Saturday, February 13, 2016

Preston Wyre Railway - Fleetwood to Poulton - ICI to Burn Naze - 2015

A selection of images taken with the permission of the Poulton & Wyre Railway Society, of a section of the former Fleetwood to Poulton railway track, from the Fleetwood boundary of the former ICI site to the recently refurbished Burn Naze station.

Friday, February 12, 2016

Artist in Residence Project - Preston & Wyre Railway 1840 - 1999

In August 2015 retired scientist and local artist Alistair Parker was awarded a commission as Artist in Residence by Wyre BC in partnership with LeftCoast, as part of the “Creative People in Places” initiative on the project, “People Places & Conversation”, part of a collective of six artists.

For his residency he chose to engage with the former historic Preston and Wyre Railway, a wonder of the Industrial Revolution and Victorian innovation. The railway was the vision of Sir Peter Hesketh-Fleetwood and opened in 1840; just five years after the opening of the first passenger railway between Liverpool and Manchester and only five years after work was started on the project. The railway has a fascinating history and was instrumental in the establishment of the port of Fleetwood, as the first town to owe its very existence to the building of a railway and the first seaside town on the Fylde coast. The railway was a great success it was planned to carry 15,000 passengers in its first year, the railway carried 20,000 passengers in the first month.

Unless you are tall enough to see over the parapet of the Breck Road bridge at Poulton Station you probably would not realise that as the railway track emerges from the station heading for Blackpool there is a branch off to the right just before the signal box, the rusting rails disappear into an overgrown tangle of brambles, bushes and rapidly growing trees, this is the disused railway line to Fleetwood, realigned here in 1896. Just four hundred yards further down Breck Road at the junction with Station Road another mysterious piece of railway history has recently been excavated, the remains of the original 1840 railway line to Fleetwood together with the foundations of the original Poulton Station. The Poulton to Fleetwood line closed to passenger traffic in 1970 and finally to freight traffic in 1999. The track rapidly became overgrown and virtually invisible, amazingly the track is still in place as far as the bridge at Jameson Road, a hidden reminder of a speculative adventure.

Plans to reopen the line began in 2006 when Poulton and Wyre Railway Society was formed with the objective of reopening the Poulton to Fleetwood railway line. To date they have refurbished Thornton Cleveleys Station and are currently engaged in the renovation of Burn Naze Station. The Society has cleared significant sections of the track and has a number of railway related items they are in the process of refurbishing, including a diesel shunter. Funds are currently being raised for the purchase and refurbishment of a Diesel Multiple Unit, similar to the last rolling stock that formerly ran on the line. A report commissioned by Wyre BC in 2009 estimated that a full refurbishment of the line would cost in the region of £40m, the option of a Heritage railway run by the Poulton & Wyre Railway Trust would cost £5.5m.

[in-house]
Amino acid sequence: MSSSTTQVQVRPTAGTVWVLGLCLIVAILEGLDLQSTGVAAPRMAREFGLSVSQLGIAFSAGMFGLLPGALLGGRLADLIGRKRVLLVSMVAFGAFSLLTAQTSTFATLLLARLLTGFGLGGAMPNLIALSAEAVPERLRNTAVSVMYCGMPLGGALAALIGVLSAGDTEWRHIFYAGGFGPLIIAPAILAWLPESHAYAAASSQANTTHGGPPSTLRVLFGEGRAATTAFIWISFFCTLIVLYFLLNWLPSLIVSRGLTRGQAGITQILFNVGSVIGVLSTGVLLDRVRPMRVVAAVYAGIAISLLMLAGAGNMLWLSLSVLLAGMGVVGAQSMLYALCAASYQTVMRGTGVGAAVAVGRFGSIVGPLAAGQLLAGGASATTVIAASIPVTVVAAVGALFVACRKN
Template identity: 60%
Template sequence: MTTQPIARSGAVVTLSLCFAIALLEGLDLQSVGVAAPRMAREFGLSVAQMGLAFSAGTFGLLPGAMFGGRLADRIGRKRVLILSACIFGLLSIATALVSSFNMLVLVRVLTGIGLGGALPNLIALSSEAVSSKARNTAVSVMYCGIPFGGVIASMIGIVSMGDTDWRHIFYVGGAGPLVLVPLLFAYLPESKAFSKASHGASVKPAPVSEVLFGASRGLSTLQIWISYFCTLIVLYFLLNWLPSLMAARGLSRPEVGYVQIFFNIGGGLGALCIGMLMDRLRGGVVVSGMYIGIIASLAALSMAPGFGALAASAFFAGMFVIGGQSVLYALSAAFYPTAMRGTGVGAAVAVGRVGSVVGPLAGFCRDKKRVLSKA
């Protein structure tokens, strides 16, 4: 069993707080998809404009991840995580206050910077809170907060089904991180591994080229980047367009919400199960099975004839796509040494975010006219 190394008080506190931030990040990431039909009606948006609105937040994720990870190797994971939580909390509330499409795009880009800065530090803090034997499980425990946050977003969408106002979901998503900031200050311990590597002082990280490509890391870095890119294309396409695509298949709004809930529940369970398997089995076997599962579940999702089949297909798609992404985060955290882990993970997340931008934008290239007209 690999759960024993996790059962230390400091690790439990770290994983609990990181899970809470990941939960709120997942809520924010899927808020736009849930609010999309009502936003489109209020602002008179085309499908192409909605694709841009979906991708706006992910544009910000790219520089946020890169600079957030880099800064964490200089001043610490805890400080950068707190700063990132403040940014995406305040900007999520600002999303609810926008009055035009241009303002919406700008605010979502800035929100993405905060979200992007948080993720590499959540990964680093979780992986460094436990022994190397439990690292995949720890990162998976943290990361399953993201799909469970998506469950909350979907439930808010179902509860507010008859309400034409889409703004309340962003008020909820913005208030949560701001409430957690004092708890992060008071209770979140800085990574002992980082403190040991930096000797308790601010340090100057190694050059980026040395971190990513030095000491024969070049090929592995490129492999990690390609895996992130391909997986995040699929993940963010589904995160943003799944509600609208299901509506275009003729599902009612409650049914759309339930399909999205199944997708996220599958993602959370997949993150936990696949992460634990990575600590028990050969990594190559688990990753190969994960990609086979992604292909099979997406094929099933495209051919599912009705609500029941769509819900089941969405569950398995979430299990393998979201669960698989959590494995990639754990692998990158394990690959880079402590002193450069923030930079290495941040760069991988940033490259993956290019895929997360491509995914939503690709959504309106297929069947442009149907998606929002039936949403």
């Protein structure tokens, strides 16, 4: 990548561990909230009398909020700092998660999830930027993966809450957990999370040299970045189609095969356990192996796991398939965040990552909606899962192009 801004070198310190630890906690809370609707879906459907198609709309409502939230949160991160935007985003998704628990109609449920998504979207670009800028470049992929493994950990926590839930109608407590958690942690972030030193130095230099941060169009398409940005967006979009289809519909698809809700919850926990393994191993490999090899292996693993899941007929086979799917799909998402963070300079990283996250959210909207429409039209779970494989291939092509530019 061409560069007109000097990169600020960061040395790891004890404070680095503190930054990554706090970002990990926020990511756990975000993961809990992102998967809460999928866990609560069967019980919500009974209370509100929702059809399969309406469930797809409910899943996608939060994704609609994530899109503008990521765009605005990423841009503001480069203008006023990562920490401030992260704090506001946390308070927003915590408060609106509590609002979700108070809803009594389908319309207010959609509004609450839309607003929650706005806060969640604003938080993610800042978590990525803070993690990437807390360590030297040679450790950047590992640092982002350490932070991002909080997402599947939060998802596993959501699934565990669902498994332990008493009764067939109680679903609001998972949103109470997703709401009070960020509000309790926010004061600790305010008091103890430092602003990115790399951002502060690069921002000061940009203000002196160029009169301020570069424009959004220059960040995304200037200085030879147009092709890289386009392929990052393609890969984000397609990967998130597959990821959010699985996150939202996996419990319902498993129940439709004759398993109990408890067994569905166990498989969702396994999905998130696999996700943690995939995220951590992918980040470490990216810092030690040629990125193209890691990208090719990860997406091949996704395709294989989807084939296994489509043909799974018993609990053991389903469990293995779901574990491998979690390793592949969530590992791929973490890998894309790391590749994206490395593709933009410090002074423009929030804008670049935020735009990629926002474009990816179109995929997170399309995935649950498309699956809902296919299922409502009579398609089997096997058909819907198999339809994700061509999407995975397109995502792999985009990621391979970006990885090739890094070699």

The artists’ task was to find a way of bringing the existence of the railway, its history and future to the attention of a wider audience. With the cooperation of PWRS a limited section of the track was explored together with the history of the railway and the plans for the future. Alistair also conducted a more detailed exploration of the history of the railway through local archives, the Internet and the resources of the British Newspaper Archive. The local libraries proved particularly helpful with this research.

Part of the brief was to engage with the local community. Alistair commission a local artist David McGuire to give his interpretation of the Preston and Wyre Railway. A retired aerospace design engineer, David had been a prolific illustrator and cartoonist in his earlier years but a career and family had cut short his artistic aspirations. It was my intention to offer David a challenge and encourage him to rediscover his artistic talents, I think the results will confirm that he has. Conversations have been had with local residents and people with an interest in the railway and its history. It is planned to engage with local schools in the coming months to complete the project.

Following early retirement as a business man and a career as a Laboratory Scientist, Alistair became a practicing artist, in addition to having a busy commercial art practice, he is engaged in contemporary art research through post-graduate Masters and Doctorate degrees at Lancaster University.

Alistair J Parker, BA(Hons), MA, PhD in progress
Contact: 07711004086 – –